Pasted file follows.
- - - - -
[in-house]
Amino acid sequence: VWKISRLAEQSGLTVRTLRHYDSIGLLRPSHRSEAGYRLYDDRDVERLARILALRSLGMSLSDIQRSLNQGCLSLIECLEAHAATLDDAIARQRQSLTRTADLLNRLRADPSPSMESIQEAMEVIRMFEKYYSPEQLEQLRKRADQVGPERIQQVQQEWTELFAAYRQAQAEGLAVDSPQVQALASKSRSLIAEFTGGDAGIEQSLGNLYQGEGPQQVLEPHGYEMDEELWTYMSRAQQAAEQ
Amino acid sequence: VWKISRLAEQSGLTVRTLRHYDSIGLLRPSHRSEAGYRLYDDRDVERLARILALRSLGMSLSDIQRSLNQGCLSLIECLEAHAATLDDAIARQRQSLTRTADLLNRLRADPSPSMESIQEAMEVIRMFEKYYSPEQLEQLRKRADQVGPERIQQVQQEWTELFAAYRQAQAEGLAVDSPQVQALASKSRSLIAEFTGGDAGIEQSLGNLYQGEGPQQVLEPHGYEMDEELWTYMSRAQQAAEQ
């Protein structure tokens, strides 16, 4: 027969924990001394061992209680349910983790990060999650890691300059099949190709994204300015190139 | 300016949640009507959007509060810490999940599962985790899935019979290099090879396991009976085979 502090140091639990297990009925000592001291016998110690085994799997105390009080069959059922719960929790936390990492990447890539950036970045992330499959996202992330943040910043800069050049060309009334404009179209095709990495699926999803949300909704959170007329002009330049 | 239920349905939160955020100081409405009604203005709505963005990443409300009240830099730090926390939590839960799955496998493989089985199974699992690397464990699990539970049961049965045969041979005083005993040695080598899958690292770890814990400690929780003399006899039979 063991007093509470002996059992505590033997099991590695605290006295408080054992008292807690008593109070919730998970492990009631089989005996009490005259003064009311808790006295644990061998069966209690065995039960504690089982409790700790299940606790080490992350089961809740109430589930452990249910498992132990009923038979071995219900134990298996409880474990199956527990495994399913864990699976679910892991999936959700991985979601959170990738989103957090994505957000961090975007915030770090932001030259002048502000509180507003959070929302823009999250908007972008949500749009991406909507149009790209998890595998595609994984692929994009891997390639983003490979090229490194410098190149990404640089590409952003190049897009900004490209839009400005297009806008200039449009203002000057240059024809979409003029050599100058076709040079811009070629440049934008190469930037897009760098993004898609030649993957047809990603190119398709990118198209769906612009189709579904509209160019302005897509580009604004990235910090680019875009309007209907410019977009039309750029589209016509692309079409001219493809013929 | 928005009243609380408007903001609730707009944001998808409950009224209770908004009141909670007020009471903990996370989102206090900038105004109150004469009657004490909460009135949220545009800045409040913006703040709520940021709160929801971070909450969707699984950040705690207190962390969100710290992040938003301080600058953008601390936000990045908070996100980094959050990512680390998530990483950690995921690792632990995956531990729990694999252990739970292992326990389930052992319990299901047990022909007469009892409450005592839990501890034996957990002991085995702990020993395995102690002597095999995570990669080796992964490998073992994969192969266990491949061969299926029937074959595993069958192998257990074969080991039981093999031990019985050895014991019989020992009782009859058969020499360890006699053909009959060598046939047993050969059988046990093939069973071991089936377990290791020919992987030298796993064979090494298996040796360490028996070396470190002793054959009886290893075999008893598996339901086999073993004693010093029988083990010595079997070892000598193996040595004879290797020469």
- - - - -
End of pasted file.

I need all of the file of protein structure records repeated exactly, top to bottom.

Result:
[in-house]
Amino acid sequence: VWKISRLAEQSGLTVRTLRHYDSIGLLRPSHRSEAGYRLYDDRDVERLARILALRSLGMSLSDIQRSLNQGCLSLIECLEAHAATLDDAIARQRQSLTRTADLLNRLRADPSPSMESIQEAMEVIRMFEKYYSPEQLEQLRKRADQVGPERIQQVQQEWTELFAAYRQAQAEGLAVDSPQVQALASKSRSLIAEFTGGDAGIEQSLGNLYQGEGPQQVLEPHGYEMDEELWTYMSRAQQAAEQ
Amino acid sequence: VWKISRLAEQSGLTVRTLRHYDSIGLLRPSHRSEAGYRLYDDRDVERLARILALRSLGMSLSDIQRSLNQGCLSLIECLEAHAATLDDAIARQRQSLTRTADLLNRLRADPSPSMESIQEAMEVIRMFEKYYSPEQLEQLRKRADQVGPERIQQVQQEWTELFAAYRQAQAEGLAVDSPQVQALASKSRSLIAEFTGGDAGIEQSLGNLYQGEGPQQVLEPHGYEMDEELWTYMSRAQQAAEQ
């Protein structure tokens, strides 16, 4: 027969924990001394061992209680349910983790990060999650890691300059099949190709994204300015190139 | 300016949640009507959007509060810490999940599962985790899935019979290099090879396991009976085979 502090140091639990297990009925000592001291016998110690085994799997105390009080069959059922719960929790936390990492990447890539950036970045992330499959996202992330943040910043800069050049060309009334404009179209095709990495699926999803949300909704959170007329002009330049 | 239920349905939160955020100081409405009604203005709505963005990443409300009240830099730090926390939590839960799955496998493989089985199974699992690397464990699990539970049961049965045969041979005083005993040695080598899958690292770890814990400690929780003399006899039979 063991007093509470002996059992505590033997099991590695605290006295408080054992008292807690008593109070919730998970492990009631089989005996009490005259003064009311808790006295644990061998069966209690065995039960504690089982409790700790299940606790080490992350089961809740109430589930452990249910498992132990009923038979071995219900134990298996409880474990199956527990495994399913864990699976679910892991999936959700991985979601959170990738989103957090994505957000961090975007915030770090932001030259002048502000509180507003959070929302823009999250908007972008949500749009991406909507149009790209998890595998595609994984692929994009891997390639983003490979090229490194410098190149990404640089590409952003190049897009900004490209839009400005297009806008200039449009203002000057240059024809979409003029050599100058076709040079811009070629440049934008190469930037897009760098993004898609030649993957047809990603190119398709990118198209769906612009189709579904509209160019302005897509580009604004990235910090680019875009309007209907410019977009039309750029589209016509692309079409001219493809013929 | 928005009243609380408007903001609730707009944001998808409950009224209770908004009141909670007020009471903990996370989102206090900038105004109150004469009657004490909460009135949220545009800045409040913006703040709520940021709160929801971070909450969707699984950040705690207190962390969100710290992040938003301080600058953008601390936000990045908070996100980094959050990512680390998530990483950690995921690792632990995956531990729990694999252990739970292992326990389930052992319990299901047990022909007469009892409450005592839990501890034996957990002991085995702990020993395995102690002597095999995570990669080796992964490998073992994969192969266990491949061969299926029937074959595993069958192998257990074969080991039981093999031990019985050895014991019989020992009782009859058969020499360890006699053909009959060598046939047993050969059988046990093939069973071991089936377990290791020919992987030298796993064979090494298996040796360490028996070396470190002793054959009886290893075999008893598996339901086999073993004693010093029988083990010595079997070892000598193996040595004879290797020469």